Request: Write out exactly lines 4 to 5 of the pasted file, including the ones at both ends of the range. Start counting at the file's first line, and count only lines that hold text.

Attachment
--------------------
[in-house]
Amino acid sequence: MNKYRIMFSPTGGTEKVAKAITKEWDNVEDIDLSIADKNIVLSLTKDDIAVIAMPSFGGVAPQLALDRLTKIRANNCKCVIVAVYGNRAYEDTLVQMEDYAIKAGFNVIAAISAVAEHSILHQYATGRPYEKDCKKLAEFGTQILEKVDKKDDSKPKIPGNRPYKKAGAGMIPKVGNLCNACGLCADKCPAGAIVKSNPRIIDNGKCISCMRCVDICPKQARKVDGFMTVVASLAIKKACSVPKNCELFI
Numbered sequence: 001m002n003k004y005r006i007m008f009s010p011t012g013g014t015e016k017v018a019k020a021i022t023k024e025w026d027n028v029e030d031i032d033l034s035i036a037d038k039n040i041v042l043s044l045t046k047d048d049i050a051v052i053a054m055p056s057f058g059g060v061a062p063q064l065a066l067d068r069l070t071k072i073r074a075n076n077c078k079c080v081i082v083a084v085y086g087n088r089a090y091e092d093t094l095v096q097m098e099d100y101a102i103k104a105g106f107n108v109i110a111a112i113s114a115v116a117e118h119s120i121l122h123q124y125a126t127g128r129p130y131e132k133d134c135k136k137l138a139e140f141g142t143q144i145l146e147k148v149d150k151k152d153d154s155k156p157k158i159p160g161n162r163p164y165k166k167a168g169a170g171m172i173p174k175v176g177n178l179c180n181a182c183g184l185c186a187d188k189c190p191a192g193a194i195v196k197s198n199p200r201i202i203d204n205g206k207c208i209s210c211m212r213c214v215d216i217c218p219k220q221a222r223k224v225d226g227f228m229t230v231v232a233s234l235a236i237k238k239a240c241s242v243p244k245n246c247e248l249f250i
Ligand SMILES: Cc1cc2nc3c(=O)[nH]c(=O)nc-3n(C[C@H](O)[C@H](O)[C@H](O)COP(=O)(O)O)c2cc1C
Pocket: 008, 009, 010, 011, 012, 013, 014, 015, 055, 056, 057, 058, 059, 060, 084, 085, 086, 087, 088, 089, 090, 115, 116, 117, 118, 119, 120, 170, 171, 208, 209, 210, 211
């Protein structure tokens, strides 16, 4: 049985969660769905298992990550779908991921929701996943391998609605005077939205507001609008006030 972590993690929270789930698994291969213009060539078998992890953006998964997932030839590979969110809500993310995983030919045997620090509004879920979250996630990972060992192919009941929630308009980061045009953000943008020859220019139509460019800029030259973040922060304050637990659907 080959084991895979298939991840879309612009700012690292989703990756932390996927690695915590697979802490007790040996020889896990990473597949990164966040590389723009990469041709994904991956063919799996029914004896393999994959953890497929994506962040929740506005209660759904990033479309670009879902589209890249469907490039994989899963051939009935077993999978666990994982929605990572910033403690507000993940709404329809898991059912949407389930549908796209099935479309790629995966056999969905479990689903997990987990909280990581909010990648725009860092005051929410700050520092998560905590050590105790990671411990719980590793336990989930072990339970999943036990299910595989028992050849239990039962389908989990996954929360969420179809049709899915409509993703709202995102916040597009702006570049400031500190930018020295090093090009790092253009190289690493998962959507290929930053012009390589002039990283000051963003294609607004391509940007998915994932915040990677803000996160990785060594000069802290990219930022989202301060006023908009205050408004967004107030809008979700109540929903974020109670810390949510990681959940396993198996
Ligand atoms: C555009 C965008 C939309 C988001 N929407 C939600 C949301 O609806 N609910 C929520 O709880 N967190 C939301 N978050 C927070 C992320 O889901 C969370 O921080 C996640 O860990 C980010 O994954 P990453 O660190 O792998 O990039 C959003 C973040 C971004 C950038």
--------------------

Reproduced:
Ligand SMILES: Cc1cc2nc3c(=O)[nH]c(=O)nc-3n(C[C@H](O)[C@H](O)[C@H](O)COP(=O)(O)O)c2cc1C
Pocket: 008, 009, 010, 011, 012, 013, 014, 015, 055, 056, 057, 058, 059, 060, 084, 085, 086, 087, 088, 089, 090, 115, 116, 117, 118, 119, 120, 170, 171, 208, 209, 210, 211